LAO Newsroom

Responses to recent media enquiries

LAO Newsroom

Response to the Law Times

Wednesday, August 29, 2012

LAO recently responded to a media request for an article that appeared in the August 27th edition of the Law Times.

Discretion Policy Changes Media Request

1. What changes are being made and why?

LAO has clarified the discretion guidelines to provide greater certainty and payment fairness for lawyers, promote quicker and more consistent decisions on discretion requests. They will also help LAO ensure fair and effective stewardship of public funds, manage discretion costs within its legislated budget and ensure greater compliance with the legislation.

2. What will the most significant differences be for lawyers?

Requests for discretion that meet the exceptional circumstances test and comply with the updated discretion guidelines will be eligible for a discretionary payment. If this test is not met, LAO cannot issue a payment. This means that some lawyers will receive less in discretionary payments.

The revised guidelines themselves are much clearer and more specific than before. Please go to the discretionary increases page on our website to see them.
In addition, in response to lawyers’ feedback (see answer below), as of Oct. 15:

  • LAO will implement a case management program and budgets for costly, complex family and criminal law matters (non-Big Case Management)
  • LAO will introduce two other initiatives – a tariff pre-authorization pilot for summary conviction trials and Child and Family Services Act (CFSA) status reviews; and a review of how the tariff has evolved in the legal system and how its evolution impacts legal aid clients and service providers.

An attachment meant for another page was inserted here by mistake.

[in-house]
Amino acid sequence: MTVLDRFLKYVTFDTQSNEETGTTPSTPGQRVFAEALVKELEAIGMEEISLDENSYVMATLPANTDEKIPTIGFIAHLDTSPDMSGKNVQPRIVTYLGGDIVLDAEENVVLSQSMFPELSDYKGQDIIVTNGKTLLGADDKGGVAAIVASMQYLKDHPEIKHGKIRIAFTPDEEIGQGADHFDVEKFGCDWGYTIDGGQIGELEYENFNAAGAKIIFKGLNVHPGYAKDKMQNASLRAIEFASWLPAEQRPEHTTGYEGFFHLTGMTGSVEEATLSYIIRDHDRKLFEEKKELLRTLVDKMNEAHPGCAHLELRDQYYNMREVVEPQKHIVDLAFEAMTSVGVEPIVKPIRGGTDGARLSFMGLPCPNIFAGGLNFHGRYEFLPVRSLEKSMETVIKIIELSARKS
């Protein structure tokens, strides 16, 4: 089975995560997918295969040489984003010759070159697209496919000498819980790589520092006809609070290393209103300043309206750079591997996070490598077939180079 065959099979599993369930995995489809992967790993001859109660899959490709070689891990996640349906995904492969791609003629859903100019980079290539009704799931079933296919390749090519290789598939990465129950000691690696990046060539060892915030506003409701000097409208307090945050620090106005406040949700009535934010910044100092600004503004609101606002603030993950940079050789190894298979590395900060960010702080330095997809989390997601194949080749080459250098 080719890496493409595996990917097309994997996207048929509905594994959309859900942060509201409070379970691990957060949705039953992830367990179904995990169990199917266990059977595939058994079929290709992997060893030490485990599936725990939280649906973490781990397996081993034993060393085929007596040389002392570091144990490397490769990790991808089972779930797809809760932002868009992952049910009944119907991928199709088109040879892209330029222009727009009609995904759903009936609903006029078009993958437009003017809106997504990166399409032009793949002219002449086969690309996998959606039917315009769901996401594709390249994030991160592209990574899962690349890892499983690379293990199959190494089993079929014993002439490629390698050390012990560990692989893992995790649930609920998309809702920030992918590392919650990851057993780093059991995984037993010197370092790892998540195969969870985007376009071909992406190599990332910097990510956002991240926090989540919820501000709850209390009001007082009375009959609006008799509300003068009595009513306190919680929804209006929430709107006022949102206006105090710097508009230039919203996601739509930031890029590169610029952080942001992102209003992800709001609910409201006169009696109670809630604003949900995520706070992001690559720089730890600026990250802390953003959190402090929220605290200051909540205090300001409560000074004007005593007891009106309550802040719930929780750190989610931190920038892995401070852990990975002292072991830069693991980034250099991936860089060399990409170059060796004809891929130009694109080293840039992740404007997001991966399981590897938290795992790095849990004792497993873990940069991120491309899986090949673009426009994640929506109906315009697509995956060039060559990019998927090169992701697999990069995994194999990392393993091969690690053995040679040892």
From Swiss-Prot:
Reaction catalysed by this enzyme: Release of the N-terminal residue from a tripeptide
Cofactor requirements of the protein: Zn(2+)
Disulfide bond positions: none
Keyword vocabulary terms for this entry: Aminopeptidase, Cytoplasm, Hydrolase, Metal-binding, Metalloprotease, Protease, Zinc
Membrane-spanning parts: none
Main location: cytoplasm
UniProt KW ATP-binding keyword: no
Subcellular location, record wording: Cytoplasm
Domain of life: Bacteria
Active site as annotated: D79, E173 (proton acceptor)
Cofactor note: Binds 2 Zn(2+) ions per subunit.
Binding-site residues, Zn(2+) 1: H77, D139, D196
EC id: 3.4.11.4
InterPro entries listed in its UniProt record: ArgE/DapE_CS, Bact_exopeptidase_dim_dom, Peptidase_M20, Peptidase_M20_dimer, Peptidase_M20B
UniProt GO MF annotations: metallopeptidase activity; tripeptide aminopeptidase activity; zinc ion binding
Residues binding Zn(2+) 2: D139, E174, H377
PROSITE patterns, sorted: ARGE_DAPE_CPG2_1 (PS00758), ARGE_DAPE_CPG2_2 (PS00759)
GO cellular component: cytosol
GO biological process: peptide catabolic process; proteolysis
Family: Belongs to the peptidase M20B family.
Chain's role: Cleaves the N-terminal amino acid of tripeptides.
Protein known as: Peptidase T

3. What type of feedback did LAO received from the corresponding discretion consultations?

LAO held 29 consultation sessions across the province, where 300 members of Ontario’s private bar and legal associations shared their opinions and insights on discretion and other legal matters.
Some of the key themes about discretions included overall uncertainty about how discretion works and concerns regarding disclosure and eligibility for a discretion payment. The revised guidelines reflect the feedback provided during these consultations.

Lawyers also raised the issues of case management for costly family matters, and criminal matters that do not qualify for LAO’s Big Case Management (BCM) program. As discretion should be paid in only in exceptional circumstances, this has meant that some costly cases risked insufficient funding if they did not meet this requirement. Issues about discretion requests for summary conviction trials and child protection status reviews were also raised.  LAO will be introducing several new initiatives, as mentioned previously, in response to these issues.

4. What are some of the challenges faced by LAO currently when it comes to discretion requests?

Currently, Legal Aid Ontario receives discretion requests that do not meet the exceptional circumstances test contained in the Legal Aid Services Act regulations. LAO is unable to pay discretion if the test is not met. This means the burden is on counsel to demonstrate why they should be paid funds beyond what is contained in the hourly tariff.

LAO will engage the bar in training and information sessions prior to implementation on Oct. 15 to ensure they understand the guidelines and how to provide information required to demonstrate exceptional circumstances. In addition, LAO will provide the bar with information and training sessions on tariff pre-authorizations and case management.


Feroneh Neil
Acting Manager, Communications
Legal Aid Ontario